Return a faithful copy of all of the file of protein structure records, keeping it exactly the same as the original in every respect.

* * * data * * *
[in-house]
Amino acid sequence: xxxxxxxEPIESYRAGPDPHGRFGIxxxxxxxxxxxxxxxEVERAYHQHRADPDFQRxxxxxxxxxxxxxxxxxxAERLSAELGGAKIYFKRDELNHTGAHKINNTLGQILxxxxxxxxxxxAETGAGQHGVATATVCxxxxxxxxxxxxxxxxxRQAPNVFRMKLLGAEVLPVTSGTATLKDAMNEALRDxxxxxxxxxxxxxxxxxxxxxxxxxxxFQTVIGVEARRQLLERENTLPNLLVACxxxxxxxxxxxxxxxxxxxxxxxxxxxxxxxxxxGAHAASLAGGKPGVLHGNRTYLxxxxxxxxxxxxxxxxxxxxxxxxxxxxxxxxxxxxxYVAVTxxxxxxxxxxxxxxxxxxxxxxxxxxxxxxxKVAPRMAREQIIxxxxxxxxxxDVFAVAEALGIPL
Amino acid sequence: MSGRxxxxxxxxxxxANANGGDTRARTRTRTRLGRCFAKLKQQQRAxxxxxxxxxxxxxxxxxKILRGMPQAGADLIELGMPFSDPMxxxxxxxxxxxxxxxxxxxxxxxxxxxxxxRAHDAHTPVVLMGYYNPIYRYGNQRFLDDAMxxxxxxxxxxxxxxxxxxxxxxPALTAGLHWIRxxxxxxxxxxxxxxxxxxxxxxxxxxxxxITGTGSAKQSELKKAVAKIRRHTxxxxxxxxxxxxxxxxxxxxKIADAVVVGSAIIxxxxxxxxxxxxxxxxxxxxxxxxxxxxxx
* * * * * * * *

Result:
[in-house]
Amino acid sequence: xxxxxxxEPIESYRAGPDPHGRFGIxxxxxxxxxxxxxxxEVERAYHQHRADPDFQRxxxxxxxxxxxxxxxxxxAERLSAELGGAKIYFKRDELNHTGAHKINNTLGQILxxxxxxxxxxxAETGAGQHGVATATVCxxxxxxxxxxxxxxxxxRQAPNVFRMKLLGAEVLPVTSGTATLKDAMNEALRDxxxxxxxxxxxxxxxxxxxxxxxxxxxFQTVIGVEARRQLLERENTLPNLLVACxxxxxxxxxxxxxxxxxxxxxxxxxxxxxxxxxxGAHAASLAGGKPGVLHGNRTYLxxxxxxxxxxxxxxxxxxxxxxxxxxxxxxxxxxxxxYVAVTxxxxxxxxxxxxxxxxxxxxxxxxxxxxxxxKVAPRMAREQIIxxxxxxxxxxDVFAVAEALGIPL
Amino acid sequence: MSGRxxxxxxxxxxxANANGGDTRARTRTRTRLGRCFAKLKQQQRAxxxxxxxxxxxxxxxxxKILRGMPQAGADLIELGMPFSDPMxxxxxxxxxxxxxxxxxxxxxxxxxxxxxxRAHDAHTPVVLMGYYNPIYRYGNQRFLDDAMxxxxxxxxxxxxxxxxxxxxxxPALTAGLHWIRxxxxxxxxxxxxxxxxxxxxxxxxxxxxxITGTGSAKQSELKKAVAKIRRHTxxxxxxxxxxxxxxxxxxxxKIADAVVVGSAIIxxxxxxxxxxxxxxxxxxxxxxxxxxxxxx